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n the face of it, Vin­cent Bhengu looks like he has it made.

The suave, well-dressed, 33-year-old char­tered ac­coun­tant has his own thriv­ing busi­ness, drives a dou­ble-cab bakkie and lives in a town­house com­plex in Krugers­dorp, west of Joburg.

But he also has an ex­tended fam­ily of five sib­lings, and 16 nieces and neph­ews who he has to help sup­port – and he can­not af­ford to marry the love of his life. Bhengu, from Nkandla in KwaZulu-Natal, says he has been pay­ing truck­loads of Black Tax since 2011, the year af­ter he com­pleted his ar­ti­cles at au­dit­ing firm Price­wa­ter­house­Coop­ers.

He has also been forced to job-hop, not only be­cause he “al­ways wanted to be my own boss”, he just needed to earn more. “I was un­happy with my salary. It wasn’t enough to look af­ter my fam­ily.” Af­ter two years of this, he started his own firm, Vigil Char­tered Ac­coun­tants. Although Bhengu would not re­veal what he earns each month, he in­sists it’s not a for­tune. But at least he can pro­vide for his fam­ily. The youngest of six chil­dren, Bhengu is the only one who has a pro­fes­sional qual­i­fi­ca­tion. Adding to his list of fi­nan­cial re­spon­si­bil­i­ties are the fees he pays at a pri­vate nurs­ing col­lege where his part­ner, the mother of his two daugh­ters aged three and one, is study­ing. Also on the list are his re­pay­ments to the Na­tional Stu­dent Fi­nan­cial Aid Scheme, which funded his stud­ies. He helped his broth­ers, both se­cu­rity guards, get a leg up on the job lad­der. “I gave one of them money for driv­ing lessons.”

To­day he has a driv­ing li­cence and works for an alarm re­sponse com­pany, so he’s earn­ing a de­cent salary. He sends R6 000 home to Nkandla ev­ery month to help sup­port his 16 nieces and neph­ews be­cause three of his sib­lings are un­em­ployed.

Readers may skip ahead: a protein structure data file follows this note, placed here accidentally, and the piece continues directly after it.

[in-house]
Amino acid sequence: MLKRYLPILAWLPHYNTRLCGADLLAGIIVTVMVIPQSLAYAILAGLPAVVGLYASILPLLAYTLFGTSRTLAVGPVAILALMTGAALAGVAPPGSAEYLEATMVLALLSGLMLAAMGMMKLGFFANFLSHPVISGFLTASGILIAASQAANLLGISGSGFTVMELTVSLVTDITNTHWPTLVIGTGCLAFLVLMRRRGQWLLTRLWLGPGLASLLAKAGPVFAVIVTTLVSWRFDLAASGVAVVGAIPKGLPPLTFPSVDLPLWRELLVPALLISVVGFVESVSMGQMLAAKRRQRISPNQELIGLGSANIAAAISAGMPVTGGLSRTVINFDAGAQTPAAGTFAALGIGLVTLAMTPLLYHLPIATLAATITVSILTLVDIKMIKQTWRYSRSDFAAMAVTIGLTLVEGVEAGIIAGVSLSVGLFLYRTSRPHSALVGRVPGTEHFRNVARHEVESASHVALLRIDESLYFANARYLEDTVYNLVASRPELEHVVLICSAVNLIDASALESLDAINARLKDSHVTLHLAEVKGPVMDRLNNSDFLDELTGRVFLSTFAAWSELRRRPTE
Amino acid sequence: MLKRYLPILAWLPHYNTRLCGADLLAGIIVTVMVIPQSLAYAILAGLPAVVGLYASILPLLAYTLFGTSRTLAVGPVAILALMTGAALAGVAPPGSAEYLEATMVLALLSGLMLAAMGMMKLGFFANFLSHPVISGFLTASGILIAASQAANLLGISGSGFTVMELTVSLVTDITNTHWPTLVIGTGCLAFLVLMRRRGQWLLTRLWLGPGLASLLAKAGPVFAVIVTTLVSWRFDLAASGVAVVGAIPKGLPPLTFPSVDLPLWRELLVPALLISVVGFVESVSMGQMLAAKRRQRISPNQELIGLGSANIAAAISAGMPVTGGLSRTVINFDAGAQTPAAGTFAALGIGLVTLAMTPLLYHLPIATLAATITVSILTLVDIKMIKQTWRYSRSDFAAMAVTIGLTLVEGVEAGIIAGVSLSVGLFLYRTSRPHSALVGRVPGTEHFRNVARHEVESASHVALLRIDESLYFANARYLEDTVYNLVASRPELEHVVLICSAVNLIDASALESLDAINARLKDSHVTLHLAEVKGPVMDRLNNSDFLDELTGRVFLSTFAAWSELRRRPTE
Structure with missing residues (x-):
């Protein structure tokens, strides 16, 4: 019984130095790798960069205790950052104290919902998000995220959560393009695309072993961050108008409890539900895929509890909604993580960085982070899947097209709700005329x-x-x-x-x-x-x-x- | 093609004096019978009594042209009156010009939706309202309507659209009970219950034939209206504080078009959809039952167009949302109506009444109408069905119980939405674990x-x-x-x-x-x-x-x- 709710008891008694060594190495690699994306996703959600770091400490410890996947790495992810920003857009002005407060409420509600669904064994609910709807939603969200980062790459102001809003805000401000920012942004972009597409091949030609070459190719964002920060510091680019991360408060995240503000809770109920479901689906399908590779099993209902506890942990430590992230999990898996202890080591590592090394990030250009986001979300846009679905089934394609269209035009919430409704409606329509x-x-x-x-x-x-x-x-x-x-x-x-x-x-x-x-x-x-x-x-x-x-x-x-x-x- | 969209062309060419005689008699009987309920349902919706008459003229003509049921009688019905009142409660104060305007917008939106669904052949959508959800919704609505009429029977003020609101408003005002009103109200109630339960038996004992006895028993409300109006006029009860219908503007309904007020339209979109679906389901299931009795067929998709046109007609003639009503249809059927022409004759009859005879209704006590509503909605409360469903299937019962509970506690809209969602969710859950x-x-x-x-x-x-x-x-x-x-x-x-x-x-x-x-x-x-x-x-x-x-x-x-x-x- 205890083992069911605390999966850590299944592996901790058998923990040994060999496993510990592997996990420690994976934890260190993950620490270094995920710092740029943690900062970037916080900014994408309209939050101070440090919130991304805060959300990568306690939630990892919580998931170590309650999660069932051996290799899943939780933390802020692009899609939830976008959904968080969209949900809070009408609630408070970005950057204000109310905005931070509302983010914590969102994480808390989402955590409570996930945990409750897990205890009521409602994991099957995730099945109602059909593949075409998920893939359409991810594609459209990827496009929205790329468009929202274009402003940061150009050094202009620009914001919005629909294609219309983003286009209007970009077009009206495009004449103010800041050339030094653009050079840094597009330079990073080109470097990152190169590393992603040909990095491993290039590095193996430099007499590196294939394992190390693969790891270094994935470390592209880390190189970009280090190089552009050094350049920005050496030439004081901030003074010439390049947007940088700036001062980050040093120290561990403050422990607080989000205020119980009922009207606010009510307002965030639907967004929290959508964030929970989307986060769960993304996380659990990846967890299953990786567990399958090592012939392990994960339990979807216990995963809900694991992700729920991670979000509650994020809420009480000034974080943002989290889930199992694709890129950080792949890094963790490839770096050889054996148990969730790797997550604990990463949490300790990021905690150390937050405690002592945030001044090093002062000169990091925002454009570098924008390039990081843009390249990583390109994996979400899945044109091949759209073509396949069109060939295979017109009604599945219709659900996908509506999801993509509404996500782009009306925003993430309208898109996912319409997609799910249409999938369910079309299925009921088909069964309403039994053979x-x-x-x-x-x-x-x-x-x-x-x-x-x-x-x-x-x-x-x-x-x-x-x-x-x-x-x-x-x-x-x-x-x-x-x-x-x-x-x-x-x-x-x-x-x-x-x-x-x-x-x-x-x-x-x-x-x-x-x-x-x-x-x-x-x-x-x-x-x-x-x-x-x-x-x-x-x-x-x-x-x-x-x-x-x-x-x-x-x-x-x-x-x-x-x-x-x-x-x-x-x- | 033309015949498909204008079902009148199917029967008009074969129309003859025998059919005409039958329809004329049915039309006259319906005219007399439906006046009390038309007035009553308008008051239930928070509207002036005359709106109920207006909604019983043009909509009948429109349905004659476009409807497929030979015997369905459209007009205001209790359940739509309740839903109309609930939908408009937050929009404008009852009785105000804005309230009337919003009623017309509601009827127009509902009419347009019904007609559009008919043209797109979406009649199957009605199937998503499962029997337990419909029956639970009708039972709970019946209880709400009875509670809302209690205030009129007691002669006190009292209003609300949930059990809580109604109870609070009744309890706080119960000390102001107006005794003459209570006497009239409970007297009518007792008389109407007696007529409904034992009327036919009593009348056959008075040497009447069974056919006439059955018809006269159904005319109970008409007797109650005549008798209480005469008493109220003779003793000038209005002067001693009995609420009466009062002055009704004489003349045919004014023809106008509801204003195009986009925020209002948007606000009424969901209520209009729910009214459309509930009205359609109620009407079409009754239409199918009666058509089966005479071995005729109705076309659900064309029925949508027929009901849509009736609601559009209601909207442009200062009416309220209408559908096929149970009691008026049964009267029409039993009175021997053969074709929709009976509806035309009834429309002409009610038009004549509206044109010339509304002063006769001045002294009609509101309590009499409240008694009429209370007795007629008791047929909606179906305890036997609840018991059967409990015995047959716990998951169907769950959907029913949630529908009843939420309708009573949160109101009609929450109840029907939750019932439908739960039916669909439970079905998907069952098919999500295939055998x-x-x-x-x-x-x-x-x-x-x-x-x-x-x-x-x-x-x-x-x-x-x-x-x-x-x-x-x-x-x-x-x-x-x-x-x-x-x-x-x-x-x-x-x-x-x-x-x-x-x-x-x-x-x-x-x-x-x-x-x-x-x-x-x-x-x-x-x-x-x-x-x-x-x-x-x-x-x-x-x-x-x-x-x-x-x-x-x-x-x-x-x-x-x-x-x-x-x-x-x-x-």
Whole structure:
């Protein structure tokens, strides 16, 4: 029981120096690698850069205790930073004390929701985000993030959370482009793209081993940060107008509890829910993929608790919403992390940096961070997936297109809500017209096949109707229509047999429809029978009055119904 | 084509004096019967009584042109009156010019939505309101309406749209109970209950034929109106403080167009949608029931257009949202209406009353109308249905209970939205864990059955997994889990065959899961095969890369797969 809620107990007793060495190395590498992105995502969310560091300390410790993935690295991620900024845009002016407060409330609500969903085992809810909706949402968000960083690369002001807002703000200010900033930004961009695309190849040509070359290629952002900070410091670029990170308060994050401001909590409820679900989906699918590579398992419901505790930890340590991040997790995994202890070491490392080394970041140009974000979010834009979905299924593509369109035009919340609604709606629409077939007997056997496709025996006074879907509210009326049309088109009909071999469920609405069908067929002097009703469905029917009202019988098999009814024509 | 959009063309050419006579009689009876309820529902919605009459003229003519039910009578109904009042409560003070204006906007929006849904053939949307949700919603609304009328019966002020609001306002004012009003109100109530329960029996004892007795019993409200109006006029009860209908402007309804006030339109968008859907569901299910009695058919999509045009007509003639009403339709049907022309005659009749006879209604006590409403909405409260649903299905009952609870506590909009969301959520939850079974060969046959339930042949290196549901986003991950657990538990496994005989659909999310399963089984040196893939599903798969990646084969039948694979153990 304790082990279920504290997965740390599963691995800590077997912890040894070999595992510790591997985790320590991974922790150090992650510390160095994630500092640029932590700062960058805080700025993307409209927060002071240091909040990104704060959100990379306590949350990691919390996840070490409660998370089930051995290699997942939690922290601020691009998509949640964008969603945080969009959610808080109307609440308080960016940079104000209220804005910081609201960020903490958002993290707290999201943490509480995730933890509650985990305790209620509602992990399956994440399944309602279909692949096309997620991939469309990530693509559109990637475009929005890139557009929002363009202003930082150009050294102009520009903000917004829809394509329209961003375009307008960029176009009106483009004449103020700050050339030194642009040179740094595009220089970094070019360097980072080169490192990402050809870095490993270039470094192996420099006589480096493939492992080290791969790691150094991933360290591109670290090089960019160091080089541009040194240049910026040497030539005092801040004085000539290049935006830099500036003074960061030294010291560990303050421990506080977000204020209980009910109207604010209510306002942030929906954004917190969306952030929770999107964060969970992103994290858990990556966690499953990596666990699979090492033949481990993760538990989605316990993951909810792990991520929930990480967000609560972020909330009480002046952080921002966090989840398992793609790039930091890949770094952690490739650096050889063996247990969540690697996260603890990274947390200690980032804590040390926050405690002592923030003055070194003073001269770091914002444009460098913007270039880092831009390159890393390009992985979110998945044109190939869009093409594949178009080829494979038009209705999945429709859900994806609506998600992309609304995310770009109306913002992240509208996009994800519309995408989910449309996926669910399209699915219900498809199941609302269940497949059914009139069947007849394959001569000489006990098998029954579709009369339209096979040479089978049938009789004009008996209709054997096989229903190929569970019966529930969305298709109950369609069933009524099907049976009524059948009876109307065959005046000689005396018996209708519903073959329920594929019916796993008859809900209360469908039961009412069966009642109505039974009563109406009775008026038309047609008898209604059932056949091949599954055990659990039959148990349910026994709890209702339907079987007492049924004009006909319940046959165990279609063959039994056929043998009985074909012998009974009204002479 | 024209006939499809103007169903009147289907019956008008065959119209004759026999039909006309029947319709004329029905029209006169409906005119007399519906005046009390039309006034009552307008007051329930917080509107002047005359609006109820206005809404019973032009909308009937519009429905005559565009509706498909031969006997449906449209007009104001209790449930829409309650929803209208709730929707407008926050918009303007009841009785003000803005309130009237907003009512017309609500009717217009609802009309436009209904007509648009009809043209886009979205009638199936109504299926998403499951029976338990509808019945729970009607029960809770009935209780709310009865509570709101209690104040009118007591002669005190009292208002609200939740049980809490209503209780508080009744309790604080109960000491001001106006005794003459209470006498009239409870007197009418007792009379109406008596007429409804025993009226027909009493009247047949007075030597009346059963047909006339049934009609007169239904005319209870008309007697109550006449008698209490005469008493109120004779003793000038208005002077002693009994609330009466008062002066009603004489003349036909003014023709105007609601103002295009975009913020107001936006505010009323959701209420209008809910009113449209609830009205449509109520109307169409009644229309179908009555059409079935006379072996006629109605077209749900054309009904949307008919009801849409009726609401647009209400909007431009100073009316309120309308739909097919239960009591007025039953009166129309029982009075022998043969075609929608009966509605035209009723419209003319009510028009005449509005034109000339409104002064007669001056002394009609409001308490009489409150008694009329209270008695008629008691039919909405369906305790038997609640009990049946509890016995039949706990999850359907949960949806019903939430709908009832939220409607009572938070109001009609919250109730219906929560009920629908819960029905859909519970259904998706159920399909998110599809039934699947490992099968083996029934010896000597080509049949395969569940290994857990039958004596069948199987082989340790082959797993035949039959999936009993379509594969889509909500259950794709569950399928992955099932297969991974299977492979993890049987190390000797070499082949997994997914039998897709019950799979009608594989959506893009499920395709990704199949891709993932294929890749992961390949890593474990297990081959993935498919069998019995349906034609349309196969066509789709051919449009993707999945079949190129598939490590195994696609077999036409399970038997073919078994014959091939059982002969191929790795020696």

“I buy my nieces and neph­ews school uni­forms and text­books, and send gro­cery money ev­ery month,” he says. “This ex­pense comes monthly. And there are things you can’t bud­get for.” Tak­ing care of his large fam­ily af­fects how much he can save. “I still be­lieve that as a qual­i­fied CA, I’m not sav­ing as much I’m sup­posed to,” he says, adding that his obli­ga­tions have a huge im­pact on his lifestyle.

“I have never been to Cape Town in my life. I can’t even af­ford to have a hol­i­day in the Drak­ens­berg, that’s how bad it is,” he says.

He also wants to marry his part­ner, but can’t af­ford the wed­ding.

“It’s ev­ery­one’s dream to get mar­ried, but un­for­tu­nately a wed­ding doesn’t come cheap.” It’s rough, but it’s re­ward­ing. “Noth­ing ful­fils me more than mak­ing some­one’s dream come true,” he says. “Even if I die poor, I will be happy as long as I make the dream come true for ev­ery­one who is close to me.”

Money sent home: R6 000 Bond re­pay­ments: R5 500 Prop­erty levies: R1 500 Car pay­ment: R4 000 Car in­sur­ance: R1 500

Petrol: R5 000 Stu­dent loan: R600

Sav­ings: R1 500

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